Miller as Tippi Hedren in ‘The Girl.’
I’ve now found, getting older, more interesting work has come my way. Because I have experience. Because I have my own story.
And Miller thinks she knows why. “I have a better sense of a decent script now. Perhaps that’s what you learn growing up as an actor. Clearly, I’m doing something right if I’m getting to work with Clint Eastwood, James Gray, Ben Affleck… Something has happened, something has changed. I think much of it has to do with getting older.” Has age created more opportunity? “I didn’t realise it then, but in your twenties, it can be very limiting creatively. You’re led to believe that’s where all the work is, that you won’t find much once you get older. “But actually, that’s rubbish! When you’re younger, the work can be – and I’m not speaking for everyone – sometimes one dimensional. Pretty thing on the side.”
“I’ve now found, getting older, more interesting work has come my way. Because I have experience. Because I have my own story.” Her story still revolves heavily around style and fashion. Earlier today, as she deftly strode down the hallway in a navy long-sleeved top and high waisted brown suede cigarette pants, both Burberry, and clashing dark heels, I overheard two clipboard-wielding publicists marvel at her sartorial choice. Last Christmas, she stunned in a lavish Burberry campaign with Domhnall Gleeson… “Isn’t he a dream leading man?” Is this her way of balancing her fashion with film, or could the former outweigh again? “I feel like I’m moving past that focus. It’s hopefully now more on my work on film and on stage. “I’m also a huge fan of Burberry – we’ve had a beautiful, very fruitful relationship for many years, and the opportunity to be involved in a campaign of that beauty and strength, I find myself very lucky and grateful to be able to balance those various sides of my career. And that’s not something I would ever agonise over.”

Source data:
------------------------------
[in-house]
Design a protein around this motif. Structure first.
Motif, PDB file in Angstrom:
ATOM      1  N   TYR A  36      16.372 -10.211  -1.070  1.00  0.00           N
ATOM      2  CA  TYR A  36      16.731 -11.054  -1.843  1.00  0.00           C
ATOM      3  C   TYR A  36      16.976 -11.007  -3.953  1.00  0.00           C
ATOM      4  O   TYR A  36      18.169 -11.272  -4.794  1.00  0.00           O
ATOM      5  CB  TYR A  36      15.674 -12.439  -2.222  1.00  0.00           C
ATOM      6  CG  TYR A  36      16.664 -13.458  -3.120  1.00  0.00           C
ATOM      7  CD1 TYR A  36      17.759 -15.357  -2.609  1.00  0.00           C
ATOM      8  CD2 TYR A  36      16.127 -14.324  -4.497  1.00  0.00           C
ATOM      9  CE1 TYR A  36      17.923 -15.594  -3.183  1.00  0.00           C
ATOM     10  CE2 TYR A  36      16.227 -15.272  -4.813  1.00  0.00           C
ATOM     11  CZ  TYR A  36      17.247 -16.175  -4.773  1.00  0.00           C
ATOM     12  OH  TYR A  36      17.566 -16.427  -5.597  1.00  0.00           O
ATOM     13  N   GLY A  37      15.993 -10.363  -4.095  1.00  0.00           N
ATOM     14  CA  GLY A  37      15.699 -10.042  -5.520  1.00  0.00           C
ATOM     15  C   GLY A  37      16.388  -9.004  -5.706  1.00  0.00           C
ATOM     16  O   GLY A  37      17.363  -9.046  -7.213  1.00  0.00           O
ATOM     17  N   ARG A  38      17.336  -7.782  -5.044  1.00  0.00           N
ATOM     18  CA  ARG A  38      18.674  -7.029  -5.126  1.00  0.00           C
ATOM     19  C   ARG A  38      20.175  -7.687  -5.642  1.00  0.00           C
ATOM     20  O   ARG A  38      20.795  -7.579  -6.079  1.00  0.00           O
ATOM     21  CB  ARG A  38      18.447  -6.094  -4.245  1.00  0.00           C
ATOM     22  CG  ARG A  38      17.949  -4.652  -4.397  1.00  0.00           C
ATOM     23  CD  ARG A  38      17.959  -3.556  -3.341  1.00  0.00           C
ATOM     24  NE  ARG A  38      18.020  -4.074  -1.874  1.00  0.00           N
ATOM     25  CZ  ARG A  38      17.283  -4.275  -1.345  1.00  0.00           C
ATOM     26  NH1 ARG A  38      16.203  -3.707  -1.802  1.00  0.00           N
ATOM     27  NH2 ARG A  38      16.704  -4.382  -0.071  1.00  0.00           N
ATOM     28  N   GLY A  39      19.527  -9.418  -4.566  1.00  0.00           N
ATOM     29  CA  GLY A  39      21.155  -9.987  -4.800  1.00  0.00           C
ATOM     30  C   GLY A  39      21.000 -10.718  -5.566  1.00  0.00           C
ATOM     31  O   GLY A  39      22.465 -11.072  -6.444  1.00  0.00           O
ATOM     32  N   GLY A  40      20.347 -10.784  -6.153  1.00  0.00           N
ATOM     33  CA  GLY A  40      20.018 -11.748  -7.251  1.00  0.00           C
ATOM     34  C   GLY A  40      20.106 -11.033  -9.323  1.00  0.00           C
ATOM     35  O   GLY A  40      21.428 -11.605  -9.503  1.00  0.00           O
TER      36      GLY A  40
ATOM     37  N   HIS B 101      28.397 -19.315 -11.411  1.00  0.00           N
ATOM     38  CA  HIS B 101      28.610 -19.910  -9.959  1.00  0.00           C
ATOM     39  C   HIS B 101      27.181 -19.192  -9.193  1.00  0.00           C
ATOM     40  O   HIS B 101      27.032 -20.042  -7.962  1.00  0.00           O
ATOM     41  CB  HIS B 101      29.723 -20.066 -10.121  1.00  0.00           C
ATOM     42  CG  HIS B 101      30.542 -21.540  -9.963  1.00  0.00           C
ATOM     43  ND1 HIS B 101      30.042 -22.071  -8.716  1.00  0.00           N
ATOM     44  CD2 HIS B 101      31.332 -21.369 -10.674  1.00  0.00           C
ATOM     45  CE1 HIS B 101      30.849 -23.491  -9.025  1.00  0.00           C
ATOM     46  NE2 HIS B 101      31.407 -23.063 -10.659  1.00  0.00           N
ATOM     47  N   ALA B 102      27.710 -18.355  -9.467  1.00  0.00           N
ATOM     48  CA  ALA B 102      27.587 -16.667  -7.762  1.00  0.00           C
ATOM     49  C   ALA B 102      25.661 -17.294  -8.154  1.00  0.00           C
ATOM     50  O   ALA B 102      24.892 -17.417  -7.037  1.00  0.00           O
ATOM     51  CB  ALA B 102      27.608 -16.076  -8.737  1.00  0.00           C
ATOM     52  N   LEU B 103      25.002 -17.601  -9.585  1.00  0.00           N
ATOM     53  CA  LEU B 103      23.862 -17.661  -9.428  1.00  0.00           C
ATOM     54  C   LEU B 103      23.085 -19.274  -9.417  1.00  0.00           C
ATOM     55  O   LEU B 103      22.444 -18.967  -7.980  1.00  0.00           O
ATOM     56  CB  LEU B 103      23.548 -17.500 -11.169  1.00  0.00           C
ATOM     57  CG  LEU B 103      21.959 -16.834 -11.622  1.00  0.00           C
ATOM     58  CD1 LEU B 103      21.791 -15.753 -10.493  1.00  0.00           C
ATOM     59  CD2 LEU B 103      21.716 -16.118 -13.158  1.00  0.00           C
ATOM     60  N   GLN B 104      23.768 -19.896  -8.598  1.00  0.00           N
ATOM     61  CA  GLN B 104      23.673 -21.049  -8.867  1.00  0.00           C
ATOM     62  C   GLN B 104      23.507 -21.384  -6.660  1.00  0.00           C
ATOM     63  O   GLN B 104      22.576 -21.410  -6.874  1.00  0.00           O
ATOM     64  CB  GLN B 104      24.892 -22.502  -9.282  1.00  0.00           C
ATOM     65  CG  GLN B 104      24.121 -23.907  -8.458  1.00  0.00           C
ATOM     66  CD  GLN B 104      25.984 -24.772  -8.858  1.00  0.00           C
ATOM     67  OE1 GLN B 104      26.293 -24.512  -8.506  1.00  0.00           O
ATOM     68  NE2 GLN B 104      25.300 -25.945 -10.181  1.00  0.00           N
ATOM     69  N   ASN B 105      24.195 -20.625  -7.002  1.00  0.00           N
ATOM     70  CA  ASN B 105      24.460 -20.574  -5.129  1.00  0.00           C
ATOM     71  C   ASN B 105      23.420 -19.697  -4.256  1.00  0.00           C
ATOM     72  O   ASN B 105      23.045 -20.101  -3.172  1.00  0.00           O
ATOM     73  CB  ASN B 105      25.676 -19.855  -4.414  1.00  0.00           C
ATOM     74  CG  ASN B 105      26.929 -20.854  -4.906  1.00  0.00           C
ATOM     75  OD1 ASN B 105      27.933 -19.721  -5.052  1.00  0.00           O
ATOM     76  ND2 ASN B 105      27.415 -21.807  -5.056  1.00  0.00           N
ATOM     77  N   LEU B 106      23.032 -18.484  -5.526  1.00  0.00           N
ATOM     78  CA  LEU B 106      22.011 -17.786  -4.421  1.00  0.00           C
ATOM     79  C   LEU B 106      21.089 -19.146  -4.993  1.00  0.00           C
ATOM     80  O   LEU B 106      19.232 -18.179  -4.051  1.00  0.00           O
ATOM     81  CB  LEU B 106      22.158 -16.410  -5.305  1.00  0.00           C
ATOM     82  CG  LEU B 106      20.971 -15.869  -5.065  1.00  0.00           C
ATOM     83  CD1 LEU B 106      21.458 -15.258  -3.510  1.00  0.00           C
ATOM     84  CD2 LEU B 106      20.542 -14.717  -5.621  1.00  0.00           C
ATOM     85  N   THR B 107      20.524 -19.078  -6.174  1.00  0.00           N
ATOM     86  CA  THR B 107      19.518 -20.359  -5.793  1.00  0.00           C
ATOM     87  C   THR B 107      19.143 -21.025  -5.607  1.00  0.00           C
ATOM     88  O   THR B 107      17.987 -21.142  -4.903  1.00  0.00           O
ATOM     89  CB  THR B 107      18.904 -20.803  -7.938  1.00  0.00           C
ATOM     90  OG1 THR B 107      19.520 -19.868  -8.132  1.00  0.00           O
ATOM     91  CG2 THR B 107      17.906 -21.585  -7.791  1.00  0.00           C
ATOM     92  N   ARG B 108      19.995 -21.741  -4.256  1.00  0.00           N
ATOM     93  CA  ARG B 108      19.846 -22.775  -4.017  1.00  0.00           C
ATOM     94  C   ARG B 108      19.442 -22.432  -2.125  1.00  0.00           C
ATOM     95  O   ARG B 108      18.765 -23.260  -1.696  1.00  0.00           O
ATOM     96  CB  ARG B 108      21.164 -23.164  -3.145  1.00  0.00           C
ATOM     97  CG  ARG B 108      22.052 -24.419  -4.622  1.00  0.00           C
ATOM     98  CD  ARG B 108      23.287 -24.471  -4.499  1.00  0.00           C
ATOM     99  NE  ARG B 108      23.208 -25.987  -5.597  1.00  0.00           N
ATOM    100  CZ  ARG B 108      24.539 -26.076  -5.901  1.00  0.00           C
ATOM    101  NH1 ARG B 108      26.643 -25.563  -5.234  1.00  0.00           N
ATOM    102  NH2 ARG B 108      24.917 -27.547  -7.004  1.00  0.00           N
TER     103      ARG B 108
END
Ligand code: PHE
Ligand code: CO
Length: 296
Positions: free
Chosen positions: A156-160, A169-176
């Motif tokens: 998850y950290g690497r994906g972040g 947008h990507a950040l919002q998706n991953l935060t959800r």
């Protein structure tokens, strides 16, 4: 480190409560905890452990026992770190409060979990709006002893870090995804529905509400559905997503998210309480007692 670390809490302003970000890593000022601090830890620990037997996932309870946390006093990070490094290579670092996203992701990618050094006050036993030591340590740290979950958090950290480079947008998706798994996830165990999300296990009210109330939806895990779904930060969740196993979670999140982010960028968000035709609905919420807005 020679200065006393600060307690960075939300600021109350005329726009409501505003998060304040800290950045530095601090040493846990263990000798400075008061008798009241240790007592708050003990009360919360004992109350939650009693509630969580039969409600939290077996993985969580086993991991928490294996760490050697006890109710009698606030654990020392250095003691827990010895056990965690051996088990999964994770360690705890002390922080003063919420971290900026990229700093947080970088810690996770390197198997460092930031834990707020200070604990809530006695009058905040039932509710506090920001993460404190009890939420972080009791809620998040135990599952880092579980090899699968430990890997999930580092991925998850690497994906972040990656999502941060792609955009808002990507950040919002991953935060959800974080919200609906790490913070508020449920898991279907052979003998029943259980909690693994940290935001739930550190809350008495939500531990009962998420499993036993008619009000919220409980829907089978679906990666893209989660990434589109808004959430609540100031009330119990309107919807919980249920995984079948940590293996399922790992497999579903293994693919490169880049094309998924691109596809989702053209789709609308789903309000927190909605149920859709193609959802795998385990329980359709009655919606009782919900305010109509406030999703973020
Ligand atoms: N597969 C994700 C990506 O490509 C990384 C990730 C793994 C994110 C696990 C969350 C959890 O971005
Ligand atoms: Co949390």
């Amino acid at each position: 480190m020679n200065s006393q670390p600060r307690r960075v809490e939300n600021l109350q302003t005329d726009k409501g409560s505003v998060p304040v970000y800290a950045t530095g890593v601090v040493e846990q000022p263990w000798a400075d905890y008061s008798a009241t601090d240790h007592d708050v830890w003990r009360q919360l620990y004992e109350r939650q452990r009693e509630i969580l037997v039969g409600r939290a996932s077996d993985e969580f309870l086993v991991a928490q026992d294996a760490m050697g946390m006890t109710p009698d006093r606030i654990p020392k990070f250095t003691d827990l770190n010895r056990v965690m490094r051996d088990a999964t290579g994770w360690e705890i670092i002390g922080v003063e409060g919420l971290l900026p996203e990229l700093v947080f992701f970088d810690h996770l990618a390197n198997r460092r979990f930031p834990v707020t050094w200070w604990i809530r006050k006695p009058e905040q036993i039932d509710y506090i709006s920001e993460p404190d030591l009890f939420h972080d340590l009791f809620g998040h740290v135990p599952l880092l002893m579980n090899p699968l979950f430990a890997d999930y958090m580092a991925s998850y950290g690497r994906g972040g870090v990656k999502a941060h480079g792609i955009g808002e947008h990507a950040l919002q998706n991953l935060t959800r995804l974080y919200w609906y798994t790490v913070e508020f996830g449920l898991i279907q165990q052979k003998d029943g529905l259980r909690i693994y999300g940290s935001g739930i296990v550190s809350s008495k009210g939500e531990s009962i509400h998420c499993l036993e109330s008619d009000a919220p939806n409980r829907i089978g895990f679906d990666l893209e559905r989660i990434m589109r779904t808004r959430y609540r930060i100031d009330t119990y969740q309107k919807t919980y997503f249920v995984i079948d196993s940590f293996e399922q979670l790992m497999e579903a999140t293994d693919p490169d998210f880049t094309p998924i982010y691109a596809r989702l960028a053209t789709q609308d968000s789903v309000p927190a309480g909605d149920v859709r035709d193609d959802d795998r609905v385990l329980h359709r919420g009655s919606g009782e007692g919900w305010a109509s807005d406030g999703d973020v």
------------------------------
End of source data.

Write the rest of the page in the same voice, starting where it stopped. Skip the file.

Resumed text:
Rumoured to be in a relationship with her Foxcatcher director, Bennett Miller, Sienna made the move last year with her daughter Marlowe from London to New York, though she’ll return to the West End this summer to play Maggie in Cat on a Hot Tin Roof. “I love the vibrancy of a new city, getting to have a new adventure. I’m very connected with New York – I was born there. I feel very at home. And my work was increasingly based in the States, so it made sense now that my daughter is in school, and I don’t have to spend any time away from her. It’s a nice change.”
“I still adore London and I’m very lucky that I can return as much as I can, even for short stints like this one.” Is there anything she misses about home? “The English sensibility, the pubs – nowhere else in the world does a good pub…” Miller clocks my raised brow and quickly retreats. “Well, obviously, Ireland does the best pub – I think that’s long been established.” She smiles brightly at her compliment and hugs her slim frame. “I’m not pining that much. Right now, it’s about soaking up the energy of a new place, of a new environment. I like the idea of a new chapter.”
The Lost City of Z is out March 24.